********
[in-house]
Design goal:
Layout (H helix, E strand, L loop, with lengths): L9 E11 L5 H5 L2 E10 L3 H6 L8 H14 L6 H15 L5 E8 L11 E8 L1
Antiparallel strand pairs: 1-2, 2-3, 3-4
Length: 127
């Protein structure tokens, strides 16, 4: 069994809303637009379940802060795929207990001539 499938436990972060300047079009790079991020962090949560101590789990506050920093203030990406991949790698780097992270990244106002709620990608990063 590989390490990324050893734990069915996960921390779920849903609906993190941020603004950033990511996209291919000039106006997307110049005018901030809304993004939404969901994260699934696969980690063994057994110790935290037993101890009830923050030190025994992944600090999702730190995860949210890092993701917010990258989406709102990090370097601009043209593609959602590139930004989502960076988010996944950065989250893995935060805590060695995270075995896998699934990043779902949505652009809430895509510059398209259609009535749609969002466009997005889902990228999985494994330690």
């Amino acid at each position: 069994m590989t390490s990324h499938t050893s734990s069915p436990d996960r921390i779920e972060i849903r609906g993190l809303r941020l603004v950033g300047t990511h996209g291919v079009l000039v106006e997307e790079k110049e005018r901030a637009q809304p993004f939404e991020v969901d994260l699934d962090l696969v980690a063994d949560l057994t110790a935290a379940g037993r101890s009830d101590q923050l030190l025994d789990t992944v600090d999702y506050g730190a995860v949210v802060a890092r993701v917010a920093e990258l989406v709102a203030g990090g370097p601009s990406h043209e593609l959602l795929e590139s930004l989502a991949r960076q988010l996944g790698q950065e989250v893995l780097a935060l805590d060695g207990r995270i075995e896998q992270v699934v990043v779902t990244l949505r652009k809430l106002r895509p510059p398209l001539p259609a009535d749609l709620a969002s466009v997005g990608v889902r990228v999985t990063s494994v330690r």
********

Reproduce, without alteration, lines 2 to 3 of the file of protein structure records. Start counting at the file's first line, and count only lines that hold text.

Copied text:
Design goal:
Layout (H helix, E strand, L loop, with lengths): L9 E11 L5 H5 L2 E10 L3 H6 L8 H14 L6 H15 L5 E8 L11 E8 L1